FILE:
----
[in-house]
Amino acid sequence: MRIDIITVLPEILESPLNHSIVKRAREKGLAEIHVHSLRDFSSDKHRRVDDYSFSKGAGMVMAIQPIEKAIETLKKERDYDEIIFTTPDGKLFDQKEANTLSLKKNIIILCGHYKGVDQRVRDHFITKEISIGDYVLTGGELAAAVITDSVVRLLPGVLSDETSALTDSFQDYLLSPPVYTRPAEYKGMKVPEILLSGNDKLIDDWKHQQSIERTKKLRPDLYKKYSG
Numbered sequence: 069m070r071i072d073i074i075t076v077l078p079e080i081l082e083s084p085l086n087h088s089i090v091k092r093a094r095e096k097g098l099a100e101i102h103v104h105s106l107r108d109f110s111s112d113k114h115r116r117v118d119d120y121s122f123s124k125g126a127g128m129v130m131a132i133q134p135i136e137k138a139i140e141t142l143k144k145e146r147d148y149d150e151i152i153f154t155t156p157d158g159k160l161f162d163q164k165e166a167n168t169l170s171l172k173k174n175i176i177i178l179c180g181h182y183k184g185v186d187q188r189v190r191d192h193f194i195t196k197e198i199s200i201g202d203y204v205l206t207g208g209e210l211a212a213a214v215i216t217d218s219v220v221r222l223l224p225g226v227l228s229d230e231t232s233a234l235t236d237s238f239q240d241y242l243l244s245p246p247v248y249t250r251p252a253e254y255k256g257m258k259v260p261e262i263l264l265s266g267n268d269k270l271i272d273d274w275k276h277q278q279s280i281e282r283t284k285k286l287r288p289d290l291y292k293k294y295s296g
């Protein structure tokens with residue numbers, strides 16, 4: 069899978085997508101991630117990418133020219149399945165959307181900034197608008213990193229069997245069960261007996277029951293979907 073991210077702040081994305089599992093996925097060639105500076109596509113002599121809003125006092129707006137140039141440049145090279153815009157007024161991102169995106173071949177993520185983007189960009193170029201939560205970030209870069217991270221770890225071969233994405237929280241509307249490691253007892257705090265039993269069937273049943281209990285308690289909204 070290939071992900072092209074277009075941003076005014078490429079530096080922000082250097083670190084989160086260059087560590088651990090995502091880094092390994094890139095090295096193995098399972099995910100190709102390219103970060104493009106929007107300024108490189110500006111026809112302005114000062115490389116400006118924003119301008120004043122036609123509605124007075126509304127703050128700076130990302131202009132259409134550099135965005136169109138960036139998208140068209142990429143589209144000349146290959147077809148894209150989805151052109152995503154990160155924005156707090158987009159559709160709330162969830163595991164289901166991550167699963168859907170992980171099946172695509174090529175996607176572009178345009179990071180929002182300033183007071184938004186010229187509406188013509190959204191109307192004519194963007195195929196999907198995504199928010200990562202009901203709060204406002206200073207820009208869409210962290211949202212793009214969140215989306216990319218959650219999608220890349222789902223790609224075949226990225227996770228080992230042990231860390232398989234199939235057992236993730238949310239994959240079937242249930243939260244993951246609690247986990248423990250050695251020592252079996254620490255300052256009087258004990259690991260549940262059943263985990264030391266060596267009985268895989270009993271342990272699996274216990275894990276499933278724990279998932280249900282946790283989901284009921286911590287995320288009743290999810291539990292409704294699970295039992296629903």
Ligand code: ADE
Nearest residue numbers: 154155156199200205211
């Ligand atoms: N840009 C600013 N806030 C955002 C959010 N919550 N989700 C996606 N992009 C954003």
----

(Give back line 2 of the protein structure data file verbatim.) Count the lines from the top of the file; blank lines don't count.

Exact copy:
Amino acid sequence: MRIDIITVLPEILESPLNHSIVKRAREKGLAEIHVHSLRDFSSDKHRRVDDYSFSKGAGMVMAIQPIEKAIETLKKERDYDEIIFTTPDGKLFDQKEANTLSLKKNIIILCGHYKGVDQRVRDHFITKEISIGDYVLTGGELAAAVITDSVVRLLPGVLSDETSALTDSFQDYLLSPPVYTRPAEYKGMKVPEILLSGNDKLIDDWKHQQSIERTKKLRPDLYKKYSG